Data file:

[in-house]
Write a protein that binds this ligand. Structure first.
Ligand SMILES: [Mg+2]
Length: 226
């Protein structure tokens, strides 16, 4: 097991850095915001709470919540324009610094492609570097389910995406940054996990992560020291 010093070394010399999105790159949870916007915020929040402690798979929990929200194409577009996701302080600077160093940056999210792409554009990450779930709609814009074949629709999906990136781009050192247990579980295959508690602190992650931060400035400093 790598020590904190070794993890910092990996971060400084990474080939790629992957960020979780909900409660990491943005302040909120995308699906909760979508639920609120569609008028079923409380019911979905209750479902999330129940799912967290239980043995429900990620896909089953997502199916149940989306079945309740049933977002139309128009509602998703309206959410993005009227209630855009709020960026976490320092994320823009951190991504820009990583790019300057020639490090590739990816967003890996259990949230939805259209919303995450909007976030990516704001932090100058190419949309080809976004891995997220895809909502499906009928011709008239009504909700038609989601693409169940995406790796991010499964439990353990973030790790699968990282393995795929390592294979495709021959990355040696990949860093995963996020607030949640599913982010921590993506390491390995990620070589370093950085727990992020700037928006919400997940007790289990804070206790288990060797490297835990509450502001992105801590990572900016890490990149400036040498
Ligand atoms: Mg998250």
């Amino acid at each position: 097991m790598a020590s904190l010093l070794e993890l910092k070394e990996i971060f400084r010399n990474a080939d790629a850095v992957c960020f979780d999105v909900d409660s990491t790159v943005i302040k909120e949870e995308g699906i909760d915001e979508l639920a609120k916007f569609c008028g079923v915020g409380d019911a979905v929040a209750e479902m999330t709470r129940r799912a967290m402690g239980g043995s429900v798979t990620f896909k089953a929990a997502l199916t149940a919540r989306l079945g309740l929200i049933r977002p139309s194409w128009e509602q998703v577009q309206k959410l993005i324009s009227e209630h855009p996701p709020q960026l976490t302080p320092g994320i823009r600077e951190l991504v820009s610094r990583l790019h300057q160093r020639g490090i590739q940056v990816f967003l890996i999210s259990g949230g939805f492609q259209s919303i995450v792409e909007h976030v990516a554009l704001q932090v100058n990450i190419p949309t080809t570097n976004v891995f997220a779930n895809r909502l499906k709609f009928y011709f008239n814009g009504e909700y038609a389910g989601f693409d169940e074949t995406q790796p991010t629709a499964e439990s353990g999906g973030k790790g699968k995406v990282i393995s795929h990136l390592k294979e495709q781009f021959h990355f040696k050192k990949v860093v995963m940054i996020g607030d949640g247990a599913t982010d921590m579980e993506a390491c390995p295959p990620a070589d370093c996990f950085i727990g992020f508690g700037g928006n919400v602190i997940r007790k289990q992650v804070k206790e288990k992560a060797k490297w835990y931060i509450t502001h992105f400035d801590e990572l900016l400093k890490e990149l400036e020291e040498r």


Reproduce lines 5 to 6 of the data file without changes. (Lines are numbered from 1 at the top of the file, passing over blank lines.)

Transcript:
């Protein structure tokens, strides 16, 4: 097991850095915001709470919540324009610094492609570097389910995406940054996990992560020291 010093070394010399999105790159949870916007915020929040402690798979929990929200194409577009996701302080600077160093940056999210792409554009990450779930709609814009074949629709999906990136781009050192247990579980295959508690602190992650931060400035400093 790598020590904190070794993890910092990996971060400084990474080939790629992957960020979780909900409660990491943005302040909120995308699906909760979508639920609120569609008028079923409380019911979905209750479902999330129940799912967290239980043995429900990620896909089953997502199916149940989306079945309740049933977002139309128009509602998703309206959410993005009227209630855009709020960026976490320092994320823009951190991504820009990583790019300057020639490090590739990816967003890996259990949230939805259209919303995450909007976030990516704001932090100058190419949309080809976004891995997220895809909502499906009928011709008239009504909700038609989601693409169940995406790796991010499964439990353990973030790790699968990282393995795929390592294979495709021959990355040696990949860093995963996020607030949640599913982010921590993506390491390995990620070589370093950085727990992020700037928006919400997940007790289990804070206790288990060797490297835990509450502001992105801590990572900016890490990149400036040498
Ligand atoms: Mg998250």